Robin Stowell reviews Andrew Mellor’s account and analysis of music in the Nordic countries
The Northern Silence: Journeys in Nordic Music and Culture
320PP ISBN 9780300254402
Yale University Press £18.99
Organised in five broad-themed sections, framed by a Prelude and a Postlude, Andrew Mellor’s book documents some of his Nordic assignments as a music journalist, taking in also scary aircraft landings, sauna parties, forbidding landscapes and trails through dense forests. Mellor converses with performers, composers and music administrators and contemplates the folk traditions, mindsets, wider cultures, national identities and musical aspirations of the region’s peoples, explaining how the five Nordic countries, once considered culturally backward, have developed into strongholds of musical creativity across a variety of genres.
A recurring thread is the pivotal figure of Sibelius and his swansong Tapiola, along with other figureheads in Nordic music history such as Grieg and Nielsen and the theme of silence. The section entitled ‘Performance’ focuses on the numerous full-time Nordic orchestras, ensembles, opera companies and festivals and their striking modern, state-of-the-art performance venues. Fostered by the region’s distinctive approaches to cultural policy and infrastructure, involving universal access to music instruction and generous levels of state funding, and supportive broadcasting and media strategies, emerging talent has increasingly become recognised internationally. Surveying unusual approaches to composition and performance, ‘Off Piste’ whisks us to the ‘inhabited wilderness’ of Kaukonen’s Silence Festival, to the Faroe Islands to experience chain dancing, ballad and skjaldur singing and their spin-offs into other genres, including a fertile metal music scene, and the outputs of ‘exports’ such as singer Eivør Pálsdóttir. We are introduced to Anna Thorvaldsdottir’s unusual method of drawing her compositions before notating them and how Veronique Vaka’s studies of idiosyncratic singing styles influence her compositions.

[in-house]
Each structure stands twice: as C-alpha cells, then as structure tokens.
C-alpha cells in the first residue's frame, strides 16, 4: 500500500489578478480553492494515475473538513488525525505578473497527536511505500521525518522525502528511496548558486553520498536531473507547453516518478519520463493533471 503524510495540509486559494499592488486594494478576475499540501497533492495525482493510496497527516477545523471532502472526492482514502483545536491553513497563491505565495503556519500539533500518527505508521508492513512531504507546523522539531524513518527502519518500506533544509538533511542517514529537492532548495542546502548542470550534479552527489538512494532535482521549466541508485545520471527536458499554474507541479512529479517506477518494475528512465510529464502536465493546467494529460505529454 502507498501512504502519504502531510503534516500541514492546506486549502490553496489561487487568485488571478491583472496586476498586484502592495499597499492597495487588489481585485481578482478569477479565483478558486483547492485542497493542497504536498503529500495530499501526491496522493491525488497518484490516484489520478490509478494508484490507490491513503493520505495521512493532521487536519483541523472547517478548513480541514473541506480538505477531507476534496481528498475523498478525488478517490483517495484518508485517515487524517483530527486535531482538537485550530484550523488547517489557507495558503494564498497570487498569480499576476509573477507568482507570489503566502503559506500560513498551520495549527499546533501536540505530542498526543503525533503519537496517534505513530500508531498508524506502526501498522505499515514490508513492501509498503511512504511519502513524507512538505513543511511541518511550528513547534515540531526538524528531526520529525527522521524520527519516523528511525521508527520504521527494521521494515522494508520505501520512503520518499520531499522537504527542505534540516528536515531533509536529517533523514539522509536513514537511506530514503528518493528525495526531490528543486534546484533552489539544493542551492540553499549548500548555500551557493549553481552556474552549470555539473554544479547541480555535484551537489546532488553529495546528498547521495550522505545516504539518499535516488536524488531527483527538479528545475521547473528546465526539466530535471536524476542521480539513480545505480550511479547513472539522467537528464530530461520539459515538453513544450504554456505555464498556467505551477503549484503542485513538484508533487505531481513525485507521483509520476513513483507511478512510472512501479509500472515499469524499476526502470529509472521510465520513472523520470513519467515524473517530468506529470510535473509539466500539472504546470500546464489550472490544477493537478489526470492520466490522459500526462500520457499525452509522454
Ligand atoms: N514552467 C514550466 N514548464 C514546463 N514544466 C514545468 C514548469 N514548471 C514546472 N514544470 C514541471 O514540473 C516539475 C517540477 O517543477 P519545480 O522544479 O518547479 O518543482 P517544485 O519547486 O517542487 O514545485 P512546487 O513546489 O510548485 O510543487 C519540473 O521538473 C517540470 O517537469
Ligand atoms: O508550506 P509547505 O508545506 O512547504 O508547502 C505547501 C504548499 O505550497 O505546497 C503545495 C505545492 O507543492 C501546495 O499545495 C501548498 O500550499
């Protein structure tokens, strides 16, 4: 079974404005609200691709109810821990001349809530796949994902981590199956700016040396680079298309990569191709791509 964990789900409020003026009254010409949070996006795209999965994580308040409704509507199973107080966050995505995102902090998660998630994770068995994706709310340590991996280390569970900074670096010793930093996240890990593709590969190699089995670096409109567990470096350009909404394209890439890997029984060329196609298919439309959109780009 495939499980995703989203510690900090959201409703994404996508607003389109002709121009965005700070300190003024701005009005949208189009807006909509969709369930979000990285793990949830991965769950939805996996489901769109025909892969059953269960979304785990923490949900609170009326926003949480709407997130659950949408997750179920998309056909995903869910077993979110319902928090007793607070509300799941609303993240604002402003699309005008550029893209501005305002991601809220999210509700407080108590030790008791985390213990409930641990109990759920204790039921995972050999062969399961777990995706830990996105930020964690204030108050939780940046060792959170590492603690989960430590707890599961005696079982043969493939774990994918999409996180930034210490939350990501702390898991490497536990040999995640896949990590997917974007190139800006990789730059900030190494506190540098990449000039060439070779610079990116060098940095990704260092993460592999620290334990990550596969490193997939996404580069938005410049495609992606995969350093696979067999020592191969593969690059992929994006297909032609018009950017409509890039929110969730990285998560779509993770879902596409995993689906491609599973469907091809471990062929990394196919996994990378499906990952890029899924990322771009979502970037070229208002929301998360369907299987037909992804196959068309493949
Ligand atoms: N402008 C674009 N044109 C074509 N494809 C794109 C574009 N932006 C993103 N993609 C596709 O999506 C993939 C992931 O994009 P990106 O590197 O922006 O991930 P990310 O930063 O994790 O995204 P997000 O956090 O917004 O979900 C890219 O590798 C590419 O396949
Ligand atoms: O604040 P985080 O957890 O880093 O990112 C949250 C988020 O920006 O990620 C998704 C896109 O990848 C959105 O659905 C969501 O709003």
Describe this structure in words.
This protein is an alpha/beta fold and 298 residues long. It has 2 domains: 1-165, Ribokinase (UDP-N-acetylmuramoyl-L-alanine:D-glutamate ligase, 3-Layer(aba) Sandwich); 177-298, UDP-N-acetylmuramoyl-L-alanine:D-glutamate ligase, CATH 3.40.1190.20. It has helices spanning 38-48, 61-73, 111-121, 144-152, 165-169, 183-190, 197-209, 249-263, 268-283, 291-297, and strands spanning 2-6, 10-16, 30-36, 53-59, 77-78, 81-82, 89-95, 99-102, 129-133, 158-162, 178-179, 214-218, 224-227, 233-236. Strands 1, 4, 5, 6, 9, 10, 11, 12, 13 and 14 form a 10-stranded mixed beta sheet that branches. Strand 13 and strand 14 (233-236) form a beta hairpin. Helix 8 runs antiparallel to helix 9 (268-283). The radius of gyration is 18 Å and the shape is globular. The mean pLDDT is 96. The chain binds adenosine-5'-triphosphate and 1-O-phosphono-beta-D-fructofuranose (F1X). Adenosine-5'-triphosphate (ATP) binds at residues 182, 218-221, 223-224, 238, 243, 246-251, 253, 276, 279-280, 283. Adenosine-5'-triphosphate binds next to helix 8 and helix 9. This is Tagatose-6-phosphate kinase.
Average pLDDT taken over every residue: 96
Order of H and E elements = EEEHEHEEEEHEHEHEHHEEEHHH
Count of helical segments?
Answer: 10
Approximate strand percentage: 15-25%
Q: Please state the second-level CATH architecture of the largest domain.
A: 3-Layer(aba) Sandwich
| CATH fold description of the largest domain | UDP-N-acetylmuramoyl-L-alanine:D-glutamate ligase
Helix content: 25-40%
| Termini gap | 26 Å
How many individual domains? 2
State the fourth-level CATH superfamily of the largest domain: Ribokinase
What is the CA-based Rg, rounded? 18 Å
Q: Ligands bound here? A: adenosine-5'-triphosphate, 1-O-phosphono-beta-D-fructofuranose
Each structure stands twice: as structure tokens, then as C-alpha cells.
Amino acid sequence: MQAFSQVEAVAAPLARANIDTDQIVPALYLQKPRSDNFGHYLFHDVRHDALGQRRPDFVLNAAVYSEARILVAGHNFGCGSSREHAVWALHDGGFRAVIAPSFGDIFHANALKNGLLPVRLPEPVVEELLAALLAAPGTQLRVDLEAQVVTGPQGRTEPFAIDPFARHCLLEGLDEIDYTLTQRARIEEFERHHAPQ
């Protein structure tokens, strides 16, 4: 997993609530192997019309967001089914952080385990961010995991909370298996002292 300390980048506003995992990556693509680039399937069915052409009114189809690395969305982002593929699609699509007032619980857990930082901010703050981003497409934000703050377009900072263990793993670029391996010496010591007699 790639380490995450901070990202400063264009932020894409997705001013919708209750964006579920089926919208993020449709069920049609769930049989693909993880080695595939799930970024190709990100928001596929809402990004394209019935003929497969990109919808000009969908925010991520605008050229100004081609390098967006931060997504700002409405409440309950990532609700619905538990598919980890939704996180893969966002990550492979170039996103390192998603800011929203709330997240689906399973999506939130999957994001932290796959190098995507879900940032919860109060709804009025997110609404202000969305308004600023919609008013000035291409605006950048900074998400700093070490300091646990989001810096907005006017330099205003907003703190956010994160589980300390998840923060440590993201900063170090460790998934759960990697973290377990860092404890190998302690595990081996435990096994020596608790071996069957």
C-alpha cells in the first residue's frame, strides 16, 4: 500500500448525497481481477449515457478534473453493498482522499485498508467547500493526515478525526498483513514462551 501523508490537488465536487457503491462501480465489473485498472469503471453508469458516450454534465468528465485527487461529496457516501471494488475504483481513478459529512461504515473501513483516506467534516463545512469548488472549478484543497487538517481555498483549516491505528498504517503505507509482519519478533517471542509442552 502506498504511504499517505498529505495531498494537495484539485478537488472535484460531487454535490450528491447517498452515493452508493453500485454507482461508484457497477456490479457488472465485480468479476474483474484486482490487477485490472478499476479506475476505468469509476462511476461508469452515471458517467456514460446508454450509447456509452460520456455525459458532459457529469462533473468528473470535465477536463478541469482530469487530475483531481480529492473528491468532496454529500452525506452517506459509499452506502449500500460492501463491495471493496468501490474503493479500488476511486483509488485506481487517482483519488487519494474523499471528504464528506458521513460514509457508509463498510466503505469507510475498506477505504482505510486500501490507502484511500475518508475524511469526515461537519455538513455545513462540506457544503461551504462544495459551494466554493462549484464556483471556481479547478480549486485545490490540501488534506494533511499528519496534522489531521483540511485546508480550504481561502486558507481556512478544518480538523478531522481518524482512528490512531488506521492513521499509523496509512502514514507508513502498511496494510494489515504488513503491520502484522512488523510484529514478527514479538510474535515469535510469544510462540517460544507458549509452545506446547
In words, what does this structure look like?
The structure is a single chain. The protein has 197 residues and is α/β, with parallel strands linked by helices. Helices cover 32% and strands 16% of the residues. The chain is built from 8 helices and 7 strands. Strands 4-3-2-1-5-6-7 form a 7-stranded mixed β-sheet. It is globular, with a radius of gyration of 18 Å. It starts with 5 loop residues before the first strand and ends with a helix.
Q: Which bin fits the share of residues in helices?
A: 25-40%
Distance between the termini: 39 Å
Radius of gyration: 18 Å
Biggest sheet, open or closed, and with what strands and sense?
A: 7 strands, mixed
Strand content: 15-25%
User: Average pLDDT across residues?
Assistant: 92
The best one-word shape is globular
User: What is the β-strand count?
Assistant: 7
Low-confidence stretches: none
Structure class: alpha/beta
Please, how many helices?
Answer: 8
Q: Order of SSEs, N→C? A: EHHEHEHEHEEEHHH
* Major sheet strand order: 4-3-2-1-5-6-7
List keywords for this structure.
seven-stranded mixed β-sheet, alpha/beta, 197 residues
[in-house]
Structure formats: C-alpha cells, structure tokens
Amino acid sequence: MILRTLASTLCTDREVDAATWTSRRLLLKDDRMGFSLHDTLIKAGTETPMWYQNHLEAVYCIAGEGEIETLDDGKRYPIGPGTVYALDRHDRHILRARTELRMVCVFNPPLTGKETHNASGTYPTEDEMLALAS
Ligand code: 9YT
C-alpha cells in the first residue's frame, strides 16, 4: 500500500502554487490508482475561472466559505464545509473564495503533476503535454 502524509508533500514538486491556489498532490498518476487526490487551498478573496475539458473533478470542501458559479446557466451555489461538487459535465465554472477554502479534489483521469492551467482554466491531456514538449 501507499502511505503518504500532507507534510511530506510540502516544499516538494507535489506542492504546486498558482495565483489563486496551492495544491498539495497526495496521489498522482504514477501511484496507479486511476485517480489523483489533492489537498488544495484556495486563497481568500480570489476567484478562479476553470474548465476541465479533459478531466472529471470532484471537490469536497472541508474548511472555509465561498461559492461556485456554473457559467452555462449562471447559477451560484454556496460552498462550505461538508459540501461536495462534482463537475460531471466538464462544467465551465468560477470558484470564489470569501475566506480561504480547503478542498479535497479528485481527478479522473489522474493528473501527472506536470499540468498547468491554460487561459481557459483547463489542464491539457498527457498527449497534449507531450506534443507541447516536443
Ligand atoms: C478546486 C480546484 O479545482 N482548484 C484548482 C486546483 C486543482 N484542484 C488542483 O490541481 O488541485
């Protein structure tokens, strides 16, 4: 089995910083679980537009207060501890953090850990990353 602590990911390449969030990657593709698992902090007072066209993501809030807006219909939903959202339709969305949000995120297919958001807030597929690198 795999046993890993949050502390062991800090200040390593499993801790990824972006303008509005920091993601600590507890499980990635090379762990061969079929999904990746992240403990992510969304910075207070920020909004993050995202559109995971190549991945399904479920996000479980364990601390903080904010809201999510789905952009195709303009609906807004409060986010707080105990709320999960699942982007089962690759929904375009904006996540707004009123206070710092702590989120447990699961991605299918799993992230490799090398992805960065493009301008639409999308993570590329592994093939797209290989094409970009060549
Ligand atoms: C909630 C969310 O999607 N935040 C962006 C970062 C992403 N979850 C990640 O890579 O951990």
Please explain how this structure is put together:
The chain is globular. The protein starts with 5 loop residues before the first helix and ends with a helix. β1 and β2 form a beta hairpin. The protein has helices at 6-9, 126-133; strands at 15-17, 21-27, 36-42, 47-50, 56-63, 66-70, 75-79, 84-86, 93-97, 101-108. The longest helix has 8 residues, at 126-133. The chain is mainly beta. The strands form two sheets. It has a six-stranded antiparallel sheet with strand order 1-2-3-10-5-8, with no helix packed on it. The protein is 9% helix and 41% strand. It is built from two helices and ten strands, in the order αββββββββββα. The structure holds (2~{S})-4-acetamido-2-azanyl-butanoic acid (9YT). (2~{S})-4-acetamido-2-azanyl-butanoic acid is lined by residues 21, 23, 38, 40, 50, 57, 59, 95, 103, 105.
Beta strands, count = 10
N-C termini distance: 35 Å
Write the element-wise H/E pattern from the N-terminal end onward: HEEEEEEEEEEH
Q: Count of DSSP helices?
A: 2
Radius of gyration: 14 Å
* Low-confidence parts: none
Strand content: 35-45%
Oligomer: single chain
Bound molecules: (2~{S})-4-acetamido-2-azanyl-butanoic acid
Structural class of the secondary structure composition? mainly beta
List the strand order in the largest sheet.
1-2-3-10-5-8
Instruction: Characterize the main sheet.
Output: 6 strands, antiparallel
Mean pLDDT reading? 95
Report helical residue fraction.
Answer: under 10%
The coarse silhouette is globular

‘Nordic Noir and Snow White’ draws parallels between the perceived introspective melancholy of the Nordic psyche and the region’s ‘dark side’, whether in music, film, TV or literature. Drinking habits, alcoholism, xenophobia, racism and the theme of loneliness are examined, with Sibelius again appearing prominently in the mix. The final section explores common elements between Scandinavian music and Nordic design and architecture, examining in music the Danish aesthetic of ‘new simplicity’ (Hans Abrahamsen, Henning Christiansen and Pelle Gudmundsen-Holmgreen) and focusing on structure in the works of Per Nørgård and the Aarhus School (including Poul Ruders), as well as the nature-inspired similarities between Sibelius’s symphonies and Alvar Aalto’s architecture. The work of the Finnish ‘Ears Open’ movement (Esa-Pekka Salonen, Magnus Lindberg and Kaija Saariaho) also features, along with the improvisatory style of Leif Segerstam and the luminous techniques of Saariaho and Anders Hillborg. Nordic composers’ persistent use of bass pedal notes is related to the region’s topography, wide vistas and stillness.
Opinion: From the Heart (Andrew Mellor)
The Postlude brings us full circle to Tapiola and the meditations on nature and climate change that it inspired in, for example, Outi Tarkiainen’s Midnight Sun Variations. The region’s response to the Covid-19 pandemic is aired together with thoughts and fears about its future cultural prosperity. Generally well presented with informative endnotes, pertinent illustrations, a helpful index and only a handful of errors, this book’s inevitably selective musical content is skilfully interwoven with historical, cultural, societal, architectural, topographical and political connections. Above all, it is an informative and entertaining read by an ‘insider’, a Copenhagen resident. One cannot help but be amused by Mellor’s description of Ole Bull as the 19th-century André Rieu and the nyckelharpa as ‘an accordion on the verge of tears’, or his likening an interview with Segerstam to ‘attempting to keep a severely damaged aircraft in the air’.
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